The second aspect of lunar cycles are called ascending and descending moons. Broadly, when the moon is found in the astronomical signs of capricorn to gemini, it is ascending, from cancer to sagittarius, it is descending.

Many suggest transplanting young seedlings during a descending moon. Others suggest sowing during a descending moon. The data sources showing trials to justify this are not that accessible through simple internet searches, it has to be said.

The third aspect of the moon is its distance from the earth during its elliptical orbit. When the moon is closest to earth it is at perigee, furthest away it is at apogee. Apart from sowing potatoes at apogee, many recommend avoiding the apogee and perigee dates for sowing.

The final aspect of the moon of interest to gardeners is the time of moonrise. Experiments in the 1970s suggested that the optimal time to sow seeds is within 1 hour of moonrise. Of course, only the most dedicated will adhere to that, but it is a fascinating observation nonetheless.

So a perfect sowing date would be 2 days before full moon, when the moon is descending, not during apogee or perigee, with the seeds sown at the hour of moonrise.

Clearly, crops will grow without rigid adherence to such timetables, but understanding how plants respond to the moon and the planets certainly cannot harm gardeners.

To learn more about the moon in gardening, two books are worth reading:

‘The Maria Thun Biodynamic Calendar’, published annually. ISBN 978-178250-331-6

‘Gardening & Planting by the Moon’, Nick Kollerstrom, published annually. ISBN 978-0-572-04629-3

March 2017 I: The outdoor tomato growing Season

Growing tomatoes outdoors in the UK requires a certain level of commitment.

For a start, the first 2 months of the ‘season’ are not outdoors, they need to take place indoors, or in a protected outdoor space such as a lean-to. Without the warmth and protection from wind, young tomato plants will not grow. With that protection, their growth rate is fairly astonishing.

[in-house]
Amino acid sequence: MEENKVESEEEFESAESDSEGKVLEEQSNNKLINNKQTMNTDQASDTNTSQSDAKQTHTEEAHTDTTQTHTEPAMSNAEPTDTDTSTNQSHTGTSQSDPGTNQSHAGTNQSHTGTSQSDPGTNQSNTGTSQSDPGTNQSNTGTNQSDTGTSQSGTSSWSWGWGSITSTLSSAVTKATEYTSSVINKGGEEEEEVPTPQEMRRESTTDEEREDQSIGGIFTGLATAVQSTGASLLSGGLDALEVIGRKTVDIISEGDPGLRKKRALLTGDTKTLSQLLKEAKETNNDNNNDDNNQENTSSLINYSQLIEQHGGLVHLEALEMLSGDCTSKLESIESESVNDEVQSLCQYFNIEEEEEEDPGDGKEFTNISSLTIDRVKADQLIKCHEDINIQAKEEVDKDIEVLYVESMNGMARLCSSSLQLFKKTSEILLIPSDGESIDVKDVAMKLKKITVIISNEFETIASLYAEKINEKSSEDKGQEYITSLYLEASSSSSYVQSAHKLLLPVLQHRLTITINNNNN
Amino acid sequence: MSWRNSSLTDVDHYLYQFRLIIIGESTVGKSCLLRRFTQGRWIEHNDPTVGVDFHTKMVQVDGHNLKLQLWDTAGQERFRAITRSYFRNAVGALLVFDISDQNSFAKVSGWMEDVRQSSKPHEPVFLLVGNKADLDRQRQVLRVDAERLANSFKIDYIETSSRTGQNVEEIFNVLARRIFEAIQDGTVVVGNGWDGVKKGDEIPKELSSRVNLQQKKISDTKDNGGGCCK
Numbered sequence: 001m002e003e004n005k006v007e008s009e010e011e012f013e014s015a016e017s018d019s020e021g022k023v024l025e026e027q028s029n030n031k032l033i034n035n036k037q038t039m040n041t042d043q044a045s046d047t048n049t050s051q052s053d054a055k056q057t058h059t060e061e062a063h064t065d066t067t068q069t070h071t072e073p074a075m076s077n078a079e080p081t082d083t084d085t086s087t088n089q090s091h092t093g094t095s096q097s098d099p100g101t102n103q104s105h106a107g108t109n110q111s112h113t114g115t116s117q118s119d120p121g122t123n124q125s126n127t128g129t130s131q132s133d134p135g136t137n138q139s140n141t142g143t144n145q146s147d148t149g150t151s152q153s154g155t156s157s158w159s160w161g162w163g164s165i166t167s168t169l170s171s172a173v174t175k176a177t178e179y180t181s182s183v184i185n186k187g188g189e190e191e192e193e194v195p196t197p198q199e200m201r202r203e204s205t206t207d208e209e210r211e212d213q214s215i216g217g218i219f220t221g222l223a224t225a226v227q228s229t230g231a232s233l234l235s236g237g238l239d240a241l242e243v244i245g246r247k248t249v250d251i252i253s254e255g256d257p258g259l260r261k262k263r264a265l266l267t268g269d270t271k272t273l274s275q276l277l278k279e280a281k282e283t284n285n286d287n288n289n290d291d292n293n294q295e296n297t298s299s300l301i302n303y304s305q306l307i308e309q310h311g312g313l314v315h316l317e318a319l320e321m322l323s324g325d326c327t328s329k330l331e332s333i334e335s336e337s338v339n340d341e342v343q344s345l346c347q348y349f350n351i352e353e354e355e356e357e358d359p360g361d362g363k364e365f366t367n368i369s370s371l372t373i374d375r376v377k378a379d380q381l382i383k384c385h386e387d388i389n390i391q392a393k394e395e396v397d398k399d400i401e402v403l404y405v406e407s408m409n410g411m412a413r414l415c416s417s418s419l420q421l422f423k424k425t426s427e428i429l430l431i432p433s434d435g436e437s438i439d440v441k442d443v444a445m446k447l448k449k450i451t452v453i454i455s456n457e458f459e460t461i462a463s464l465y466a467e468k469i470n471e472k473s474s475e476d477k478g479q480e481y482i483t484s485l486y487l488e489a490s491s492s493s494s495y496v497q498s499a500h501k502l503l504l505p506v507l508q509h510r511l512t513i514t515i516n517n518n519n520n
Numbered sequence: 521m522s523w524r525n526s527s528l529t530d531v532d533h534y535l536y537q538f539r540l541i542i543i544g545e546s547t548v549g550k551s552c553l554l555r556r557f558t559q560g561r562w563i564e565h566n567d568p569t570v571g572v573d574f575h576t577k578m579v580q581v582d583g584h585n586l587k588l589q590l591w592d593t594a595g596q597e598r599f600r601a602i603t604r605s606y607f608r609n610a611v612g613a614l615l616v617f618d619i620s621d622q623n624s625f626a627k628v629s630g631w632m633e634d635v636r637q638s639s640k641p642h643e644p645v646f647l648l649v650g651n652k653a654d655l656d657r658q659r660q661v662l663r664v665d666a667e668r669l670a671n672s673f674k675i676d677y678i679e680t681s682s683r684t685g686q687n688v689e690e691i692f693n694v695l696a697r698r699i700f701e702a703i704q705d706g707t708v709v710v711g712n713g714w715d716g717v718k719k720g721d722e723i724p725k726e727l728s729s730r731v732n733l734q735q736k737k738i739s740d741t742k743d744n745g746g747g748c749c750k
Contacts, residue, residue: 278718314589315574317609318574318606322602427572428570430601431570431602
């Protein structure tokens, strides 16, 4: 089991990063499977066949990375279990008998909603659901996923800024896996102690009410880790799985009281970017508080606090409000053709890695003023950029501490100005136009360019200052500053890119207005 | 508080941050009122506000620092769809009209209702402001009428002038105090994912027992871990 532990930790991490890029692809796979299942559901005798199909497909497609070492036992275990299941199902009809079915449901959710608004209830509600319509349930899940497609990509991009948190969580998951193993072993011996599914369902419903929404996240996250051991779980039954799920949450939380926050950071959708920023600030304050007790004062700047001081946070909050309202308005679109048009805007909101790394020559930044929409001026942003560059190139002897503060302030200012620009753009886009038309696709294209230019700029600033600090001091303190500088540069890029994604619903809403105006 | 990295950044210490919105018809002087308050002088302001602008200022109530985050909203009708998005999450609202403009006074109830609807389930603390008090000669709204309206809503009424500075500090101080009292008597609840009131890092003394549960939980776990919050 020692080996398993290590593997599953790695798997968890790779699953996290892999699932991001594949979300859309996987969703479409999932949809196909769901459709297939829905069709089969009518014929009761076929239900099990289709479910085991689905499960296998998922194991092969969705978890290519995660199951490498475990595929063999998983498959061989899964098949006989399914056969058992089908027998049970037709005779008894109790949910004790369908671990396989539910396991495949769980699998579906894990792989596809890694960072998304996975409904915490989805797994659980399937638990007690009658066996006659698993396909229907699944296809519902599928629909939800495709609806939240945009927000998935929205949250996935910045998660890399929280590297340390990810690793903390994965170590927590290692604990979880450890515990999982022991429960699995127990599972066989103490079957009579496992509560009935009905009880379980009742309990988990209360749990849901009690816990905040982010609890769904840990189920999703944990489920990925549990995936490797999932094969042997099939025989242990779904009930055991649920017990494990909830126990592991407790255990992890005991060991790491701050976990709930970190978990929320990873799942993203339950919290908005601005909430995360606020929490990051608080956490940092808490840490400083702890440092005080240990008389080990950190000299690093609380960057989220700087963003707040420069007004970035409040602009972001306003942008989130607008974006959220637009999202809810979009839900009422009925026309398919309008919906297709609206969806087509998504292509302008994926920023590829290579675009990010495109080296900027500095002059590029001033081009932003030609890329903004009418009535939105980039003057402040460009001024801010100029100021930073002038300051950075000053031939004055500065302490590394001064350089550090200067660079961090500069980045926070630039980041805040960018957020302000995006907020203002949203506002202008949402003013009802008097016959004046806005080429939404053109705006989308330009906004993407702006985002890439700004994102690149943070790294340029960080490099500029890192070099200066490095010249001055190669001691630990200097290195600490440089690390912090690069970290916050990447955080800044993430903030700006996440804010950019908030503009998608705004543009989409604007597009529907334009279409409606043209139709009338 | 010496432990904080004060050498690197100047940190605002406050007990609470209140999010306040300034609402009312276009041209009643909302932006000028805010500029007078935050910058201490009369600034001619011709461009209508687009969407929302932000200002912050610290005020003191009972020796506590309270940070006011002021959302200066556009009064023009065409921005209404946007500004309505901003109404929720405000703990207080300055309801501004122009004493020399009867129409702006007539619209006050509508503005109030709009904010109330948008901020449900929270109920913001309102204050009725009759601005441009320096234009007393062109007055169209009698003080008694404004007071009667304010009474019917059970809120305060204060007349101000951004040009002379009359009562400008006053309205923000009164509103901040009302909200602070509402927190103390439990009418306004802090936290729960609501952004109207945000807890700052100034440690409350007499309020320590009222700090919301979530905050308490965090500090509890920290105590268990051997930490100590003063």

The tomato season can be split into four phases:

  1. Germination of seeds.
  2. Vegetative growth prior the first flower emerging.
  3. Flowering and fruit set.
  4. Fruit growth and ripening.

By studying my tomato plants the past 5 years, I can say with confidence that most tomato strains, if sown in early March and grown indoors until late April/early May, will usually yield their first ripe tomato within 18 – 20 weeks.

One blog post is nowhere near enough to teach you how to grow tomatoes and there is a well-established blog where I learned much of my skill in growing tomatoes ( ), produced by Mr Nick Chenhall, until recently based in the West Midlands but now relocated to Devon. If you want a weekly newsletter through the season giving tips on tomato growing, Nick’s website is your port of call.

My top tips are these:

  1. Germinate tomato seeds with plenty of heat: I place my seed trays on top of our outside gas boiler for 4 – 5 days and germination is uniformly excellent. Leaving them indoors at room temperature is less secure.
  2. Save your own seeds from plants which grew well in pots, outdoors, in your home area. You have selected seeds suited to your climate, not seeds created in China or wherever.
  3. Once you have found some favourites which work well, stick with them as bankers. My list of bankers includes Maskotka, Alicante, Super Marmande, Sungold and Tigerella.
  4. Spend one season documenting a few things about tomato plants each week – you will quickly learn that there is a pretty set timetable for tomato plant evolution from seed to ripe fruit. Things to look at are numbers of leaves and stems on young plants, number of trusses, flowers and fruit set on maturing plants and number of fruit harvested from mature plants.